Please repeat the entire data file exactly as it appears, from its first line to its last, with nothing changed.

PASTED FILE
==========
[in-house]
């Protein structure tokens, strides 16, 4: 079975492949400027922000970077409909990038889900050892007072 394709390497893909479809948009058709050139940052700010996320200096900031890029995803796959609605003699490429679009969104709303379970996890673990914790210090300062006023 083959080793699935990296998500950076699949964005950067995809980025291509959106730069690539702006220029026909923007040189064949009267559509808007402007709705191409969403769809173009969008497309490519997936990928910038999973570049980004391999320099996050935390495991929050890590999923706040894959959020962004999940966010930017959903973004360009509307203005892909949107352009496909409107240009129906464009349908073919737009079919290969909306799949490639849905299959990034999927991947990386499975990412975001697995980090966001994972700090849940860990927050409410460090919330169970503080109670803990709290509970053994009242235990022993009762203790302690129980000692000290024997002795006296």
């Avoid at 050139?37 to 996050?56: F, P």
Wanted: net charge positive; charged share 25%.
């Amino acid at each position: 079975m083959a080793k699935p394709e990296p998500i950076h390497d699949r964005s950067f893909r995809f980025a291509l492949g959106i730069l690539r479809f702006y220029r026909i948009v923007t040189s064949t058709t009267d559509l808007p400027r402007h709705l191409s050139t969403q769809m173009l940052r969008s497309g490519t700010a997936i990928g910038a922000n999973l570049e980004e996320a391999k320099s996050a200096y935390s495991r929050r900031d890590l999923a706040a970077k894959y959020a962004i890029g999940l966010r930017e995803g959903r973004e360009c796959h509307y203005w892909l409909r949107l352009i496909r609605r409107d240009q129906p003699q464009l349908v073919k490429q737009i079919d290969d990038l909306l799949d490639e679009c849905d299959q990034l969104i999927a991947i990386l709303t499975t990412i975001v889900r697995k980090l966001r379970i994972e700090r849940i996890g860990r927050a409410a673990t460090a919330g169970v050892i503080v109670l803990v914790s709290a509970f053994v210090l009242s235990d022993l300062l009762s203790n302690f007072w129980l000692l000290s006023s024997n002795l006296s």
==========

[in-house]
């Protein structure tokens, strides 16, 4: 079975492949400027922000970077409909990038889900050892007072 394709390497893909479809948009058709050139940052700010996320200096900031890029995803796959609605003699490429679009969104709303379970996890673990914790210090300062006023 083959080793699935990296998500950076699949964005950067995809980025291509959106730069690539702006220029026909923007040189064949009267559509808007402007709705191409969403769809173009969008497309490519997936990928910038999973570049980004391999320099996050935390495991929050890590999923706040894959959020962004999940966010930017959903973004360009509307203005892909949107352009496909409107240009129906464009349908073919737009079919290969909306799949490639849905299959990034999927991947990386499975990412975001697995980090966001994972700090849940860990927050409410460090919330169970503080109670803990709290509970053994009242235990022993009762203790302690129980000692000290024997002795006296």
């Avoid at 050139?37 to 996050?56: F, P």
Wanted: net charge positive; charged share 25%.
């Amino acid at each position: 079975m083959a080793k699935p394709e990296p998500i950076h390497d699949r964005s950067f893909r995809f980025a291509l492949g959106i730069l690539r479809f702006y220029r026909i948009v923007t040189s064949t058709t009267d559509l808007p400027r402007h709705l191409s050139t969403q769809m173009l940052r969008s497309g490519t700010a997936i990928g910038a922000n999973l570049e980004e996320a391999k320099s996050a200096y935390s495991r929050r900031d890590l999923a706040a970077k894959y959020a962004i890029g999940l966010r930017e995803g959903r973004e360009c796959h509307y203005w892909l409909r949107l352009i496909r609605r409107d240009q129906p003699q464009l349908v073919k490429q737009i079919d290969d990038l909306l799949d490639e679009c849905d299959q990034l969104i999927a991947i990386l709303t499975t990412i975001v889900r697995k980090l966001r379970i994972e700090r849940i996890g860990r927050a409410a673990t460090a919330g169970v050892i503080v109670l803990v914790s709290a509970f053994v210090l009242s235990d022993l300062l009762s203790n302690f007072w129980l000692l000290s006023s024997n002795l006296s």